In the stories, Kemmick does what should have been done in the past few years: critically examine the results of the Montana Meth Project, listening to and writing about the perspectives of both those who believe the Project is working and those who are skeptical.
I urge readers who have only heard one side of the debate to read the two pieces.
A couple of political notes rose from the piece as well.
I’m thankful that Montanans had the good sense to re-elect Governor Schweitzer this fall, because his pragmatic approach to state budgeting was clearly demonstrated in his decision to reduce state funding for the MMP:
"I’m a scientist, and I understand statistics and I understand studies," he said. Erceg-Hurn examined the Meth Project’s own reports and saw that "they weren’t laying their own data out," Schweitzer said, and it should have responded to his findings.
"I saw some quotes from Montana Meth Project people saying, ‘he doesn’t know what he’s talking about because he’s not from Montana.’ That was disappointing," Schweitzer added.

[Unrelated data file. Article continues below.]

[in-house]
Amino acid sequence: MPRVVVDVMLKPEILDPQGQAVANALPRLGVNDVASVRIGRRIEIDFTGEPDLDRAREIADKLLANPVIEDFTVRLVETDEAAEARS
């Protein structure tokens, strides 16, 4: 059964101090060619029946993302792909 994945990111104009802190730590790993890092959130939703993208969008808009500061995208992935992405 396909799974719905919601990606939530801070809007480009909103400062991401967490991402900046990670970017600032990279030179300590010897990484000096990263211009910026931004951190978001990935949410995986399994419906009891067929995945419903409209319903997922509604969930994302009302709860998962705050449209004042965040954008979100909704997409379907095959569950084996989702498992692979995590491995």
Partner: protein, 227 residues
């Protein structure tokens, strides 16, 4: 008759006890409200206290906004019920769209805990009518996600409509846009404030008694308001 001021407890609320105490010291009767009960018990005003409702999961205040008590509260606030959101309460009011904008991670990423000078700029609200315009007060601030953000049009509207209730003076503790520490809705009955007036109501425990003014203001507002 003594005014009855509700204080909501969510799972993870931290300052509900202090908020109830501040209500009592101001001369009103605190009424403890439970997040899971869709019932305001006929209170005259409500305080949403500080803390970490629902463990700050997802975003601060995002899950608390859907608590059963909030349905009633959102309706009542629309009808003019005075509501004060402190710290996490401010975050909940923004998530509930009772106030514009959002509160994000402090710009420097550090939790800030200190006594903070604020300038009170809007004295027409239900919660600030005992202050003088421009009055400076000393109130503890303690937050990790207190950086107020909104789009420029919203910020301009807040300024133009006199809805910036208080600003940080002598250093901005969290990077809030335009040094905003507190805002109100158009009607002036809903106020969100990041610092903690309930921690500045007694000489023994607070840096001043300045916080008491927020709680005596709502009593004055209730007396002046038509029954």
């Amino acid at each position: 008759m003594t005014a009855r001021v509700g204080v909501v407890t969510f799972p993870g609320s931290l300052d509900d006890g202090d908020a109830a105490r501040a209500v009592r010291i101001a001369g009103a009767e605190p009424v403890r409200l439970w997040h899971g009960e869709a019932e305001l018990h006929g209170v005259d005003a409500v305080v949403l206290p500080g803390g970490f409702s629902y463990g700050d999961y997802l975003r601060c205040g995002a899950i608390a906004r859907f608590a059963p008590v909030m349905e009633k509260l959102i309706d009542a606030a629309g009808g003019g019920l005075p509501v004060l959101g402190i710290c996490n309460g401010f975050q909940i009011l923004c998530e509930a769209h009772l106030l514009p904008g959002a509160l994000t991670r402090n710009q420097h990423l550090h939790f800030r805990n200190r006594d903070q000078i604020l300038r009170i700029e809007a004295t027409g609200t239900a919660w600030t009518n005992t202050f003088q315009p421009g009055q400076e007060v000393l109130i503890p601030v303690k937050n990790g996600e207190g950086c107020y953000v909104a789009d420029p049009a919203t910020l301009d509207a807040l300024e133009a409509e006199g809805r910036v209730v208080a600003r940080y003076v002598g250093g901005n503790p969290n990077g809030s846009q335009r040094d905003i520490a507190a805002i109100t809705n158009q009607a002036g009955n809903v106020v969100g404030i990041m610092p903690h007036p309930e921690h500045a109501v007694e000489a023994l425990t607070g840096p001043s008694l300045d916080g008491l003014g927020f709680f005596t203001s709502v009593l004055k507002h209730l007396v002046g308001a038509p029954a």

Contrasting Schweitzer’s approach with that of Mike McGrath illustrates the difference between a political figure driven by results and one driven by perception.
I always had a relatively positive impression about Mike McGrath while he served as County Attorney and Attorney General, despite some discomfort about the Barry Beach case, but it’s hard to feel terribly reassured when the state’s former Attorney General and current Chief Justice of the Supreme Court uses reasoning like this:
McGrath, who is still on the Montana Meth Project board, said he didn’t read Erceg-Hurn’s study. "I didn’t really feel I needed to," he said, calling Erceg-Hurn "just a guy from Australia."
That’s just incredibly disappointing.